Divergent Myths: Occupational Change in the Culinary Industry
[Research with Gillian Gualtieri, Vanderbilt University]
About the Research
In this study, we examine how actors use myths to describe their practices during a moment of perceived occupational change. We use the fine dining industry as our case, which is facing a moment of change as the historically institutionalized model of hierarchical and abusive management has given way to an emerging management style that emphasizes individualized care and personal growth. Using 150 interviews with fine dining chefs across the US and UK, we examine how chefs make decisions about managing their staff through the lens of these two available myths, which we call broadly call “discipline” and “care.” We find that the vast majority of chefs are “incremental changers,” they blend these two myths when describing their approach to management, drawing from each as the circumstances require. Surprisingly, despite the obvious divergence in practice and tone of these two management myths, chefs employ similar explanations to justify and legitimate their actions (i.e., both myths are equally appropriate for ensuring a consistent and delicious product on the plate produced in an efficient and effective manner). Additionally, we identify a small group of “change agents” who have completely transformed their management style from discipline to care. We show how these few chefs conceptualize their commitment to care as a purposeful, consistent conviction motivated by a moral imperative to enact change in the broader culinary industry and social world at large. These findings illuminate the variation in both myths and management present in an occupation in transition, suggesting that divergent myths can coexist as long as they are rationalized and justified the same way on the ground. In addition, our qualitative data reveals an intermediary phase in the process of occupational change, whereby actors are renegotiating the “rules of the game” and choosing to blend old and new practices.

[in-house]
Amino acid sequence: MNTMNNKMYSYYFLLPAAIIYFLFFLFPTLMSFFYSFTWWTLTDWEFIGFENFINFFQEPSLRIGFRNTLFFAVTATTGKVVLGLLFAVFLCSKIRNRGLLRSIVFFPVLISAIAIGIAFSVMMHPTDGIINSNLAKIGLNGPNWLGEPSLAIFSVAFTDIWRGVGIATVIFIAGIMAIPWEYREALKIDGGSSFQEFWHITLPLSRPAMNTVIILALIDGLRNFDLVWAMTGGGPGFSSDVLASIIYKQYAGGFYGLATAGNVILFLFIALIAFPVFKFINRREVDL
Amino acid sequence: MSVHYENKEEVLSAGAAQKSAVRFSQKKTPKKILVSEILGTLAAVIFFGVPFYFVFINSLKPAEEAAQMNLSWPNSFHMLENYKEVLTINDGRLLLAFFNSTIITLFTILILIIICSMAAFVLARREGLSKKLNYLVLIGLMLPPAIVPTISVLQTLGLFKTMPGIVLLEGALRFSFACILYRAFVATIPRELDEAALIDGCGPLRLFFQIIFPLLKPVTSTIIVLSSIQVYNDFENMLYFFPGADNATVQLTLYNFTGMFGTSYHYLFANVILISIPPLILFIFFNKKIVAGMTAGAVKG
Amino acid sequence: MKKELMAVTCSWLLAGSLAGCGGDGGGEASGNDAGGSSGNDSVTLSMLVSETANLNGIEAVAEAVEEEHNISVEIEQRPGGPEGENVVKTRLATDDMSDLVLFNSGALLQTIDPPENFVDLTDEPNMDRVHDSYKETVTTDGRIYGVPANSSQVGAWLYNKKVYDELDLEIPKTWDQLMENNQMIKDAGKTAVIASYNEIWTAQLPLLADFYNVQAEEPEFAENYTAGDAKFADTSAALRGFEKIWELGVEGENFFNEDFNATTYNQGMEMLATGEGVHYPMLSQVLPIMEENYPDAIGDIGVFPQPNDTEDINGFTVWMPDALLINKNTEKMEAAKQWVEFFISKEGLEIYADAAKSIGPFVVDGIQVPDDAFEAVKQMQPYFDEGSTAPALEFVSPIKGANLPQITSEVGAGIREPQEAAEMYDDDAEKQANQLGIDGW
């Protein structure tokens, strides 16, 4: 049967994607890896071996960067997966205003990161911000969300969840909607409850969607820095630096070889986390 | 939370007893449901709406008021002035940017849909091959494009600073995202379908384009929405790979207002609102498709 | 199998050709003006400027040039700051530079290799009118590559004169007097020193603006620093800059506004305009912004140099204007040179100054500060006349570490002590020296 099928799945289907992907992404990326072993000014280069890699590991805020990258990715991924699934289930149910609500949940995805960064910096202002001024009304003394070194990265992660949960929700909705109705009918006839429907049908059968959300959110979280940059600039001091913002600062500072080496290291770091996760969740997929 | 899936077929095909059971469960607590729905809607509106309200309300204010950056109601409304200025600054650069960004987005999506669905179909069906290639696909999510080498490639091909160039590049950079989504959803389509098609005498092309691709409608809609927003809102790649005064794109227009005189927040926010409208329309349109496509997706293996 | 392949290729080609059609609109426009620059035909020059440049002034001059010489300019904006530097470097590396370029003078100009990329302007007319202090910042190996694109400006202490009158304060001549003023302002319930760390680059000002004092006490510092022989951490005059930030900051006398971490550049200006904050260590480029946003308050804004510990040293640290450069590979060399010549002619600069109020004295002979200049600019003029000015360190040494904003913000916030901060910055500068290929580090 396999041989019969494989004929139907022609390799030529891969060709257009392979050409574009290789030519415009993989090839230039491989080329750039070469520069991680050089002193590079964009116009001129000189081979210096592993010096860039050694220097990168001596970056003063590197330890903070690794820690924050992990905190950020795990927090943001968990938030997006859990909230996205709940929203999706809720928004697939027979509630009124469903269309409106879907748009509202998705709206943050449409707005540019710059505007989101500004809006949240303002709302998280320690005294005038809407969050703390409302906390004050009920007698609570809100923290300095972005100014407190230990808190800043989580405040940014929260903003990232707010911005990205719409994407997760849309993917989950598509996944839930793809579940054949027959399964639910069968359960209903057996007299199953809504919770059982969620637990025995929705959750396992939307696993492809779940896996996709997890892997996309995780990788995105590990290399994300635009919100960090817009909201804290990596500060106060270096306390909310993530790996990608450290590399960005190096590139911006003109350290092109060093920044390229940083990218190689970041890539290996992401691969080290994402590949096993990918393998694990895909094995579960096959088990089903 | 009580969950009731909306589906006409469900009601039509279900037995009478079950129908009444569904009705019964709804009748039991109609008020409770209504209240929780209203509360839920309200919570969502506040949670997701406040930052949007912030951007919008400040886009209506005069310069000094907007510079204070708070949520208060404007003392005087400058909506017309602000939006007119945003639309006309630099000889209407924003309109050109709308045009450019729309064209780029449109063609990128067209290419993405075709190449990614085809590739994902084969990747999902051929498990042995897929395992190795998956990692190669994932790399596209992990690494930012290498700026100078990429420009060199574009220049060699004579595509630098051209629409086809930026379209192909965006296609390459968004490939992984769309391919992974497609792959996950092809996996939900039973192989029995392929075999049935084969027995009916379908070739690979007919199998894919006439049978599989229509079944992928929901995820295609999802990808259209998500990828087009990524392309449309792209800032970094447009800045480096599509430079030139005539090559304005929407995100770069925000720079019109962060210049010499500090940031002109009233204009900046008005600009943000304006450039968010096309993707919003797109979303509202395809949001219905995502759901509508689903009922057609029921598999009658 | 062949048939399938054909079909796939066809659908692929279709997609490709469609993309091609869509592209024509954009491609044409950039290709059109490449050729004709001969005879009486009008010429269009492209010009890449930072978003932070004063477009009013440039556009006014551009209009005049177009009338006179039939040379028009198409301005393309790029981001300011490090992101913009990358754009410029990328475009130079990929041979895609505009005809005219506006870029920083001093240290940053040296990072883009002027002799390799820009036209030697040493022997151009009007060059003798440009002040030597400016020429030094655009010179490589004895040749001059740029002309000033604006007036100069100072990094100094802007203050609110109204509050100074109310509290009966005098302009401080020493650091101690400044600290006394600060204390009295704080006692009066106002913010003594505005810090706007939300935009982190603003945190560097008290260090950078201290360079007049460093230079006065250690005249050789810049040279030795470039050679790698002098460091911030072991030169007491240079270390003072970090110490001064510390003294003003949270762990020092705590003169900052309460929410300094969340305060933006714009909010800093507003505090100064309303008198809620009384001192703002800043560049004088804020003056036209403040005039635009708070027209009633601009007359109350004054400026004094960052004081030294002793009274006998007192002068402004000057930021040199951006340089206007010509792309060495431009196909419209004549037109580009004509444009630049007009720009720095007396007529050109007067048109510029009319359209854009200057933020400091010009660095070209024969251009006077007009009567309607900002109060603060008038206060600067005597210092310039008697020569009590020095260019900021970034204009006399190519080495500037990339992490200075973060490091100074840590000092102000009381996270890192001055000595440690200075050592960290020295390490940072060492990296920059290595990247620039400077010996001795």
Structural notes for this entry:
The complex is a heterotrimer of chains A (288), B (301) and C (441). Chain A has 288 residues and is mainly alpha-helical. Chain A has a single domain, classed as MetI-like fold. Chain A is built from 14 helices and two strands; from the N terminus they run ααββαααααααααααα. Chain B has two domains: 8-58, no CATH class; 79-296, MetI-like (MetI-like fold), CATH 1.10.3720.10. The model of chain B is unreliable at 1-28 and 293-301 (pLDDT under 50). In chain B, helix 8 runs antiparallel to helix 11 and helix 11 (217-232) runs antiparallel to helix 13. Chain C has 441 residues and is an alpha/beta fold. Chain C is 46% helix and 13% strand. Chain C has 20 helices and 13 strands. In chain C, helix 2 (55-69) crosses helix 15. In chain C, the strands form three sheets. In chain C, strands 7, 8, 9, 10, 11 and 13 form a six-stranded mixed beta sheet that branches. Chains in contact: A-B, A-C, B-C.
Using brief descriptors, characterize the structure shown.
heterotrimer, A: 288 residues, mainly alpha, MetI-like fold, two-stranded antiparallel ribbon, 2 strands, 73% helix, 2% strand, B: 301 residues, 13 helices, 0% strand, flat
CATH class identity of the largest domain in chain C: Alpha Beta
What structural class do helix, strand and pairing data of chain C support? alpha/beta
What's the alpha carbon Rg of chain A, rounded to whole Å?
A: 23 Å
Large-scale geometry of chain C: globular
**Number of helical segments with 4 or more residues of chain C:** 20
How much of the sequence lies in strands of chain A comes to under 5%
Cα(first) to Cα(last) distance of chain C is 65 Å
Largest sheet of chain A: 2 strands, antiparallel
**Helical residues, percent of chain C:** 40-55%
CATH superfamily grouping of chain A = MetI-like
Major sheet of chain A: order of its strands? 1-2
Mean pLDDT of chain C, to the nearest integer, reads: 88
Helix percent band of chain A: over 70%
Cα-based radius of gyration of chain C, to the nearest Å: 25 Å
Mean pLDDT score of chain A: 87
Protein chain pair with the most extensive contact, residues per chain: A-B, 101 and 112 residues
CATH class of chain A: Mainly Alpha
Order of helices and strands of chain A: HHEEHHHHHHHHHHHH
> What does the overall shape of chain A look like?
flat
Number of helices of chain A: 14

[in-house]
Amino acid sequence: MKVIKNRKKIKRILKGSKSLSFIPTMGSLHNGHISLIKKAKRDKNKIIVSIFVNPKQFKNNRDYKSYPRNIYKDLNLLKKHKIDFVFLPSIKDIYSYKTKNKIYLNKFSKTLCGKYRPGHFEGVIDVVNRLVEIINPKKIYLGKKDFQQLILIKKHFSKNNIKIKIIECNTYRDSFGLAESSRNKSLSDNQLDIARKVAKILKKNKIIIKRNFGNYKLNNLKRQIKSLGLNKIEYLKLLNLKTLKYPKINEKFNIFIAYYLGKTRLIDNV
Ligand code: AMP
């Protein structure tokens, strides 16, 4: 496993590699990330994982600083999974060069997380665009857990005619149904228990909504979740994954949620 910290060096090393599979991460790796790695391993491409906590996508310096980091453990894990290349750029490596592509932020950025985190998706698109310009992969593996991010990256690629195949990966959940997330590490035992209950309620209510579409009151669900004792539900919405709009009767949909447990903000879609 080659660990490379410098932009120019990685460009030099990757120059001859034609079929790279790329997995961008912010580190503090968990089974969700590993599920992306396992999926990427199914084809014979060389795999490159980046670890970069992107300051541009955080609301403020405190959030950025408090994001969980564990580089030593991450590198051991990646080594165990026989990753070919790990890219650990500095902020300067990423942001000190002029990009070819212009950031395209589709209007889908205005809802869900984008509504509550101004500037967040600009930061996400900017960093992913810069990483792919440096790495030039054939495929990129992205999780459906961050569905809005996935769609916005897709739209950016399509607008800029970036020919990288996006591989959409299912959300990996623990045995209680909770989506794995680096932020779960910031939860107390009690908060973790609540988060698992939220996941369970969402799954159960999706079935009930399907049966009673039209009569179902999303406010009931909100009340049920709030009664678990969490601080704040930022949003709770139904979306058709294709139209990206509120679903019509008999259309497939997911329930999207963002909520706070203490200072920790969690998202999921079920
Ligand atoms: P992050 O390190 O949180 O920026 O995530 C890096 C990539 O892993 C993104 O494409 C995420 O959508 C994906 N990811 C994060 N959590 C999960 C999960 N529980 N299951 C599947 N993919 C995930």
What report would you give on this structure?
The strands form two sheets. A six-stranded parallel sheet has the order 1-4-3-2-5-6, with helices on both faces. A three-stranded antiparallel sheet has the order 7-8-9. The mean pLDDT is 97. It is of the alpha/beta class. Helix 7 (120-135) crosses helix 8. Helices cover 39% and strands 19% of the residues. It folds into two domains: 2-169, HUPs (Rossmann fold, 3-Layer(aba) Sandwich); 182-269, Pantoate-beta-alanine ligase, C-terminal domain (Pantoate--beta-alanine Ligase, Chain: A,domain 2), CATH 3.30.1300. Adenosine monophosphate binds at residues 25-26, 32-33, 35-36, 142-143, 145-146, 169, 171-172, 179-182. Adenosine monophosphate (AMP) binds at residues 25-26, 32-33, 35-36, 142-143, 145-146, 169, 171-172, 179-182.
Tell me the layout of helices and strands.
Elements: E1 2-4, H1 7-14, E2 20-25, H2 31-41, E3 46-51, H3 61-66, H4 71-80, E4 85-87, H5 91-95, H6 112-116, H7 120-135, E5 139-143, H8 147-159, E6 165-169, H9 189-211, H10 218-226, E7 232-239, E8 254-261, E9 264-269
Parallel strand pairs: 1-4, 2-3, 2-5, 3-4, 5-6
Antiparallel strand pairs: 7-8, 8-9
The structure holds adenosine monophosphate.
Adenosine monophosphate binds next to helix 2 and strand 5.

About Daphne Demetry
Daphne Demetry is an assistant professor of Strategy & Organization in the Desautels Faculty of Management. She joined the faculty in 2017 after a post-doctoral research fellowship at the Centre for Corporate Reputation at Saïd Business School, University of Oxford. She completed her PhD in Sociology at Northwestern University.
As an organizational sociologist, Daphne investigates questions related to organizational theory, culture, economic sociology and entrepreneurship. Daphne studies these issues primarily through qualitative research methods (e.g., participant observation, interviews, and content analysis). Empirically, her research centers on the culinary industry: restaurants kitchens, pop-up and underground restaurants, and gourmet food trucks.
Date: Thursday 21 October
Time: 3:00-4:30 pm CEST
Venue: Both in-person (Room A346) & on Zoom (link provided to registered attendees only)
Should you want to attend (on Zoom), please register at shorturl.at/uxCFQ